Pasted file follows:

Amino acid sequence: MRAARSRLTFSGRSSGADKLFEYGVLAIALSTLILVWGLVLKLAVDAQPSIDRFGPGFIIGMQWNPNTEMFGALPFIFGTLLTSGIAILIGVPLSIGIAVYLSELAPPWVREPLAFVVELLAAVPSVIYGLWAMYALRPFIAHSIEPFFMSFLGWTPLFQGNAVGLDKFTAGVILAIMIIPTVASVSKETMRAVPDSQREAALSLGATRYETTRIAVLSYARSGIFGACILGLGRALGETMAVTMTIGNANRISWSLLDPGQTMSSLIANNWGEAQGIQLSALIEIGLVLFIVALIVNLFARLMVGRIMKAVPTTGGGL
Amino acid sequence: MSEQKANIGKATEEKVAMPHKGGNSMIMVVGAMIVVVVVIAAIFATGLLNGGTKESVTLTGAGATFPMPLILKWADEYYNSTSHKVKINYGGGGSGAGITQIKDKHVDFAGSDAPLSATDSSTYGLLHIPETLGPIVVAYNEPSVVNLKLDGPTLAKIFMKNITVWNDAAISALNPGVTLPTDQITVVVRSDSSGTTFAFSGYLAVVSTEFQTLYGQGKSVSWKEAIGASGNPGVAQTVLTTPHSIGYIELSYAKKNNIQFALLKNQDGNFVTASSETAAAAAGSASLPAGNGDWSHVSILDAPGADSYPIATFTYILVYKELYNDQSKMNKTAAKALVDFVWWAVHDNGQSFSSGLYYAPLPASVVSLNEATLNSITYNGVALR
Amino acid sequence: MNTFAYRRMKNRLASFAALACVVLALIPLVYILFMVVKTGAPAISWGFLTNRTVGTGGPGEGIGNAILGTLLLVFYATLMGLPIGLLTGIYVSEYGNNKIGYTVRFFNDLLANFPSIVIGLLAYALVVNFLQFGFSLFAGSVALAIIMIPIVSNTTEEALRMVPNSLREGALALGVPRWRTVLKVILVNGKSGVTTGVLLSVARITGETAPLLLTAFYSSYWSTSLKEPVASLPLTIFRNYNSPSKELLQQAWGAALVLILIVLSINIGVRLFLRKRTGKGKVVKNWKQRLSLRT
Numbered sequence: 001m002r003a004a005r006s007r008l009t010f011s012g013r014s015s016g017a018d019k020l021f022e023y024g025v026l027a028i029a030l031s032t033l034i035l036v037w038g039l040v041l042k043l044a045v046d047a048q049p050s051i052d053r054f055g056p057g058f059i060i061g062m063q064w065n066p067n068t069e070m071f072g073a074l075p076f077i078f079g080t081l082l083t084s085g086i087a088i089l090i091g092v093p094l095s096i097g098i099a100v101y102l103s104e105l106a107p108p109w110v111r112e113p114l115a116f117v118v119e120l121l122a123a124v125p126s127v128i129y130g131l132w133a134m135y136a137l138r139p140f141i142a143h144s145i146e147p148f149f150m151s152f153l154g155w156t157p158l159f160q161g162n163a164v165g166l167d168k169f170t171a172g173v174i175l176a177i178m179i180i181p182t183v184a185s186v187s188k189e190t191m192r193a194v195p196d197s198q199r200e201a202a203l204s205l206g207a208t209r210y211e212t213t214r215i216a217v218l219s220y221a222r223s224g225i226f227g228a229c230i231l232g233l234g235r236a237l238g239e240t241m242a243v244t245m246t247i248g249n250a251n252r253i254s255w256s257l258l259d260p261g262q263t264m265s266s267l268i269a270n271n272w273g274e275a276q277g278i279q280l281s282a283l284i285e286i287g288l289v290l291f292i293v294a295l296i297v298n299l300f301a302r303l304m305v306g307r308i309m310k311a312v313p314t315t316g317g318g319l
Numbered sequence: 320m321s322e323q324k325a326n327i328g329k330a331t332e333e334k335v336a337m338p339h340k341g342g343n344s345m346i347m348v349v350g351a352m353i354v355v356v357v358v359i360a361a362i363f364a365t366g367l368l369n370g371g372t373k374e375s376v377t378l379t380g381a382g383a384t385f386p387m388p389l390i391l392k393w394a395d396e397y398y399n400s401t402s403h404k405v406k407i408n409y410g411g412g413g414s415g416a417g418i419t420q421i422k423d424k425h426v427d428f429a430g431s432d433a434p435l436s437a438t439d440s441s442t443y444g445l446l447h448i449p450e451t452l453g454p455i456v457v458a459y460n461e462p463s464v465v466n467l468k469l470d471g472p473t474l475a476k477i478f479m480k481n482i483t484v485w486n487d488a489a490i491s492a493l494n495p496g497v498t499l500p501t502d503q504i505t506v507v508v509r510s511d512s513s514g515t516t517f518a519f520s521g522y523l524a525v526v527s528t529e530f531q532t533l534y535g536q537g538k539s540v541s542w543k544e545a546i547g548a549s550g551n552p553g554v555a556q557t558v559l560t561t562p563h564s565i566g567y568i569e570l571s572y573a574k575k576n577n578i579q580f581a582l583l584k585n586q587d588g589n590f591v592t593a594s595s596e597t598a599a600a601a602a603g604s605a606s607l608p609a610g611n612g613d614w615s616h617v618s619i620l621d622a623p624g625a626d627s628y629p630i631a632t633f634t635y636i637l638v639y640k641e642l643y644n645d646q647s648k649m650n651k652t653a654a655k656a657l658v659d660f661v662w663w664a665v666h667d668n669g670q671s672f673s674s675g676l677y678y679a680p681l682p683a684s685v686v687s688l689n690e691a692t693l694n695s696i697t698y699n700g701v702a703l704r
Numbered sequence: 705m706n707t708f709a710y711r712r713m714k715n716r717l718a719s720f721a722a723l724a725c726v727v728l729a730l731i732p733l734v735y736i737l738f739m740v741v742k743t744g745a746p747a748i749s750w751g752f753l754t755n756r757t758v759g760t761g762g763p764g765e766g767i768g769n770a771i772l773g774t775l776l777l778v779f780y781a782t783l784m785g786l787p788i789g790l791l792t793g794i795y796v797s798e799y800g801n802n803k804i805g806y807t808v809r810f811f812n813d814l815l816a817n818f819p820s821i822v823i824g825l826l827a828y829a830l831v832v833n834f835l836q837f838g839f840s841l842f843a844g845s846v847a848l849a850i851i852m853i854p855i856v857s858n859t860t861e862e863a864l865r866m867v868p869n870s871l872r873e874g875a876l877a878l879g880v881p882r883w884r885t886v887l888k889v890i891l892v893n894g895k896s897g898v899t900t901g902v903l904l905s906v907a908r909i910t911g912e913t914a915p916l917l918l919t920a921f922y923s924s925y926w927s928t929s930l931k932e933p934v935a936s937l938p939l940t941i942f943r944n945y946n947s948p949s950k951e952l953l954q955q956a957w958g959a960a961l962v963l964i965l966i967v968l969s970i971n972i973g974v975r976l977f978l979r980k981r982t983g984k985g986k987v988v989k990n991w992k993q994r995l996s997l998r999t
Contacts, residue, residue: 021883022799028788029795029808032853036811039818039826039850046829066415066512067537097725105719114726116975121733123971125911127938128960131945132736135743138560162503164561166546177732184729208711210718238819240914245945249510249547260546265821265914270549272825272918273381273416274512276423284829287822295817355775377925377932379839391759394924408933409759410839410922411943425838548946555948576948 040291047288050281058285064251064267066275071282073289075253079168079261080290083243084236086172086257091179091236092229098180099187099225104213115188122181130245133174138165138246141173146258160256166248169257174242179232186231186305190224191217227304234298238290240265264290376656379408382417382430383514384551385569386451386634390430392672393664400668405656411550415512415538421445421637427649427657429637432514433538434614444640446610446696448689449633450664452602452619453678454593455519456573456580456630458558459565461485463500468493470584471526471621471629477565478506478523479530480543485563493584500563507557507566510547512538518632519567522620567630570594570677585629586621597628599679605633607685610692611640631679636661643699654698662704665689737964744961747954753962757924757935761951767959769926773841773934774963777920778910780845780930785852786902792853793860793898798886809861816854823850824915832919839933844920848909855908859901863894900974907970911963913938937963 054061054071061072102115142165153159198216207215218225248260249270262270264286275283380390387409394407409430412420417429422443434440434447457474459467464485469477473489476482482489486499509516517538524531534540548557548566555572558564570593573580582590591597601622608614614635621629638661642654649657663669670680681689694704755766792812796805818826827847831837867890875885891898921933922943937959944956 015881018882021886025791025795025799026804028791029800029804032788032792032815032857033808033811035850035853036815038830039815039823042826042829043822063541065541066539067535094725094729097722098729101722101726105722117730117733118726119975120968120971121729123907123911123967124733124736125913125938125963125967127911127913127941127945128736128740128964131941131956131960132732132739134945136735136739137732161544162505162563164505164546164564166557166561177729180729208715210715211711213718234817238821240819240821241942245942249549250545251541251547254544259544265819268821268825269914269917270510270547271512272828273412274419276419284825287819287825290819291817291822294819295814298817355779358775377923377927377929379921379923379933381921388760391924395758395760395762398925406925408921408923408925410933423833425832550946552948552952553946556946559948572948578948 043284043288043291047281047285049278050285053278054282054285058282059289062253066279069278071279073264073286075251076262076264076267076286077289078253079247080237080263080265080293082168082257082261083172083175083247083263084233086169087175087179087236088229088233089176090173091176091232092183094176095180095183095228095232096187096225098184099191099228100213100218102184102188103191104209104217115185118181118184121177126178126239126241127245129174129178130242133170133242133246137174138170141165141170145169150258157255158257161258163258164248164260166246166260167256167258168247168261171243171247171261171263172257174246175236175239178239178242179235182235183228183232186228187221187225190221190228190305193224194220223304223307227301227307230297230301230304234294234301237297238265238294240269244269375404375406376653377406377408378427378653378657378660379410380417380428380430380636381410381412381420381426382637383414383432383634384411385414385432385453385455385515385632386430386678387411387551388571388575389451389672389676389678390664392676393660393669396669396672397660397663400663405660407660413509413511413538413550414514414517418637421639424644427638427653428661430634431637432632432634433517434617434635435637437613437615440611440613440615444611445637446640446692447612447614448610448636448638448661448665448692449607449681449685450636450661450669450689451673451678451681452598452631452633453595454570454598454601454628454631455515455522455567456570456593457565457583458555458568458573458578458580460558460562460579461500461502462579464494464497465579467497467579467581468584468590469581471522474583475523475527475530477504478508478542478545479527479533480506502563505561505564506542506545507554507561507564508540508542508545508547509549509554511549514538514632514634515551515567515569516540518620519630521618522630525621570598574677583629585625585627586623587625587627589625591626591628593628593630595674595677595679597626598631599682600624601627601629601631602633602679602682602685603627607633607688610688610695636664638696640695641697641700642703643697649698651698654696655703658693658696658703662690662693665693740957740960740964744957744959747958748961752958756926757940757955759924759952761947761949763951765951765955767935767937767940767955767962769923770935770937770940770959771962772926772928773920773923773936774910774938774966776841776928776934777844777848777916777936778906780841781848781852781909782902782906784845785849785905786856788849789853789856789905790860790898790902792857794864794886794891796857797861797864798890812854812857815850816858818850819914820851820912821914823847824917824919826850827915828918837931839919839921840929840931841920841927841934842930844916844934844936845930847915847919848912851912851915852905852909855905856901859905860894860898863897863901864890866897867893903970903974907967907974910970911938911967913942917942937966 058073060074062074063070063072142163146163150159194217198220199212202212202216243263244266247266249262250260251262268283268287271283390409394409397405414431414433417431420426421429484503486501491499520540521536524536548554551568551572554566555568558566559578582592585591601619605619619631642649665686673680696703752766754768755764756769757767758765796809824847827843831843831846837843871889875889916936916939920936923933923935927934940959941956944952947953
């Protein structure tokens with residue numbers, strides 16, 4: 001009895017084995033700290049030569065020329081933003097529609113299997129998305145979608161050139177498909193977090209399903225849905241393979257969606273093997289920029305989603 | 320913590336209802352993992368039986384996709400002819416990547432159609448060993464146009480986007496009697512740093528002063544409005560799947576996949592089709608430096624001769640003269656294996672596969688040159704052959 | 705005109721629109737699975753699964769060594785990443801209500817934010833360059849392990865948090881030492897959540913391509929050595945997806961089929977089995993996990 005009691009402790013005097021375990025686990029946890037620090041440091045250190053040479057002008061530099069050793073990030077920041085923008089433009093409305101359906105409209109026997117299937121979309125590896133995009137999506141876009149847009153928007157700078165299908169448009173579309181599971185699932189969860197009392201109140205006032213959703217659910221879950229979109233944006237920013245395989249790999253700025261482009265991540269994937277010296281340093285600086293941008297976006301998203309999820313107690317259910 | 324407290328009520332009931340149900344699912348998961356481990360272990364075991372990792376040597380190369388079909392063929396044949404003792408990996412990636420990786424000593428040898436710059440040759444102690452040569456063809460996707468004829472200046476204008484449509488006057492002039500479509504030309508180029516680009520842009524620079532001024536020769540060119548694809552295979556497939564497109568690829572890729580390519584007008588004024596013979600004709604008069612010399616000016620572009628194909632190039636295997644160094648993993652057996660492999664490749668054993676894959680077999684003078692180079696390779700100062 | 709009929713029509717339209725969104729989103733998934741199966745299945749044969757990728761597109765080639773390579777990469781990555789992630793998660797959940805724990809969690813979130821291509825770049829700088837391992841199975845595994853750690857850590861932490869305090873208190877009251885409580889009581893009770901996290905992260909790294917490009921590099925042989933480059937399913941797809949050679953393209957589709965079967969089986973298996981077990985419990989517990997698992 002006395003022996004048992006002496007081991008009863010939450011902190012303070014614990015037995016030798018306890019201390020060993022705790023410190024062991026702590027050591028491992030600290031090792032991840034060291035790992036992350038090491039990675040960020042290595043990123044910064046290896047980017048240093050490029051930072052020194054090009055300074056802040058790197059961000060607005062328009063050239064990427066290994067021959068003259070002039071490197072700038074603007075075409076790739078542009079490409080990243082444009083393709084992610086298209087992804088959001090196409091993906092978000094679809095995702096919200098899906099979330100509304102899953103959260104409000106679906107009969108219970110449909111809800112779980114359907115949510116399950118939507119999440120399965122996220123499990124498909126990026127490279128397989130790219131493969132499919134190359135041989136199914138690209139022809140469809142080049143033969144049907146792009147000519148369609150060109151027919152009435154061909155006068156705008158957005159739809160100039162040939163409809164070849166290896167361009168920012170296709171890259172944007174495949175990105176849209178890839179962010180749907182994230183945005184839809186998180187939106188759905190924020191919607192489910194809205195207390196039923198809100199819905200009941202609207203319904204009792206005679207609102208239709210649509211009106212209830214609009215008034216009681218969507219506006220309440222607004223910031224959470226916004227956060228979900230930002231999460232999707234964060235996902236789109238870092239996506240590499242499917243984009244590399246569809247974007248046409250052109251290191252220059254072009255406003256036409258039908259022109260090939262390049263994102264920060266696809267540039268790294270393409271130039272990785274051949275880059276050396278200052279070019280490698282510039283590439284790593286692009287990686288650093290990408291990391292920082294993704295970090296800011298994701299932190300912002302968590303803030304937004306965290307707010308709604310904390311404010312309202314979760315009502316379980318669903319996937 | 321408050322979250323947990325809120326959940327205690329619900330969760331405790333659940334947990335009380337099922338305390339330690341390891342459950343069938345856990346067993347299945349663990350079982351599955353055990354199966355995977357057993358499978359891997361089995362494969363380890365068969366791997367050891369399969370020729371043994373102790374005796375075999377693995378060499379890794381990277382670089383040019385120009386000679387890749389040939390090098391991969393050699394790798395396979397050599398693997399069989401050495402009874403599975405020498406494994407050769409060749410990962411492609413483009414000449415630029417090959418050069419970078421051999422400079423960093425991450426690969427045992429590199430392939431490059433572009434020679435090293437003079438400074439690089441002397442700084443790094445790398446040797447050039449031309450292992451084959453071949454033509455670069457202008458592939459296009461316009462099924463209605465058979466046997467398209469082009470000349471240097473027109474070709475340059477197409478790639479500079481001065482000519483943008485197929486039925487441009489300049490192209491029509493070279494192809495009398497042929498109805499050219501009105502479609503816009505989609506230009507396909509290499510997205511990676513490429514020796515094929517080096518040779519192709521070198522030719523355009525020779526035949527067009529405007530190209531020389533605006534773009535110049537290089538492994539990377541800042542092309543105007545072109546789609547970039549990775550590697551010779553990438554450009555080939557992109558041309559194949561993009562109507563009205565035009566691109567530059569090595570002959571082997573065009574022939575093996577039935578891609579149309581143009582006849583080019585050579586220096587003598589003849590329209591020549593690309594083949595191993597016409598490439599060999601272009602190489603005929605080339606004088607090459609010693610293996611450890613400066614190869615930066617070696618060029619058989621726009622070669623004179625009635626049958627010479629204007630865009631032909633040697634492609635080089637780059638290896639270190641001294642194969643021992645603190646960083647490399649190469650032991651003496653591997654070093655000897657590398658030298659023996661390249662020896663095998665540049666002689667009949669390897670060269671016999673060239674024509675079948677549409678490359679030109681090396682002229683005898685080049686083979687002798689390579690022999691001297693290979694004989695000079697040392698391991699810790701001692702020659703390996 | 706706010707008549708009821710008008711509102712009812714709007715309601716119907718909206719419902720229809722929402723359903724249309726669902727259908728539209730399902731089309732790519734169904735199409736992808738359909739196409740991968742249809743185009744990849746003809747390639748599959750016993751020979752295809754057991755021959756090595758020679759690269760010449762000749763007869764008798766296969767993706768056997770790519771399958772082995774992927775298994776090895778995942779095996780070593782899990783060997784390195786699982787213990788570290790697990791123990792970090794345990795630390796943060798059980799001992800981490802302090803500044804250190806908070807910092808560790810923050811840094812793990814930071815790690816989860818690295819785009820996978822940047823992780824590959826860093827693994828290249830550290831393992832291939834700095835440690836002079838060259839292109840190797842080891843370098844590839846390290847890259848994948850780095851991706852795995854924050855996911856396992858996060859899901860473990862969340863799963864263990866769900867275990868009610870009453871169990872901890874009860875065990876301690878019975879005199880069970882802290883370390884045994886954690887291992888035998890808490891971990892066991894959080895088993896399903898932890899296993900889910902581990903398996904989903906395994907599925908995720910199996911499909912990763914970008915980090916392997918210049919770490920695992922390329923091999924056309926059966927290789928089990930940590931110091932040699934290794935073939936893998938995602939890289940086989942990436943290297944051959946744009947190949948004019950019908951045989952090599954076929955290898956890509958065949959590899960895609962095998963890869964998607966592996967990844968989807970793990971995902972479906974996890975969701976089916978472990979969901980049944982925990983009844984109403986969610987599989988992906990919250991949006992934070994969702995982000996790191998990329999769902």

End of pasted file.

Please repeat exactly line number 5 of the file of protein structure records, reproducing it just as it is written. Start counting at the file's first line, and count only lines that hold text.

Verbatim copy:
Numbered sequence: 320m321s322e323q324k325a326n327i328g329k330a331t332e333e334k335v336a337m338p339h340k341g342g343n344s345m346i347m348v349v350g351a352m353i354v355v356v357v358v359i360a361a362i363f364a365t366g367l368l369n370g371g372t373k374e375s376v377t378l379t380g381a382g383a384t385f386p387m388p389l390i391l392k393w394a395d396e397y398y399n400s401t402s403h404k405v406k407i408n409y410g411g412g413g414s415g416a417g418i419t420q421i422k423d424k425h426v427d428f429a430g431s432d433a434p435l436s437a438t439d440s441s442t443y444g445l446l447h448i449p450e451t452l453g454p455i456v457v458a459y460n461e462p463s464v465v466n467l468k469l470d471g472p473t474l475a476k477i478f479m480k481n482i483t484v485w486n487d488a489a490i491s492a493l494n495p496g497v498t499l500p501t502d503q504i505t506v507v508v509r510s511d512s513s514g515t516t517f518a519f520s521g522y523l524a525v526v527s528t529e530f531q532t533l534y535g536q537g538k539s540v541s542w543k544e545a546i547g548a549s550g551n552p553g554v555a556q557t558v559l560t561t562p563h564s565i566g567y568i569e570l571s572y573a574k575k576n577n578i579q580f581a582l583l584k585n586q587d588g589n590f591v592t593a594s595s596e597t598a599a600a601a602a603g604s605a606s607l608p609a610g611n612g613d614w615s616h617v618s619i620l621d622a623p624g625a626d627s628y629p630i631a632t633f634t635y636i637l638v639y640k641e642l643y644n645d646q647s648k649m650n651k652t653a654a655k656a657l658v659d660f661v662w663w664a665v666h667d668n669g670q671s672f673s674s675g676l677y678y679a680p681l682p683a684s685v686v687s688l689n690e691a692t693l694n695s696i697t698y699n700g701v702a703l704r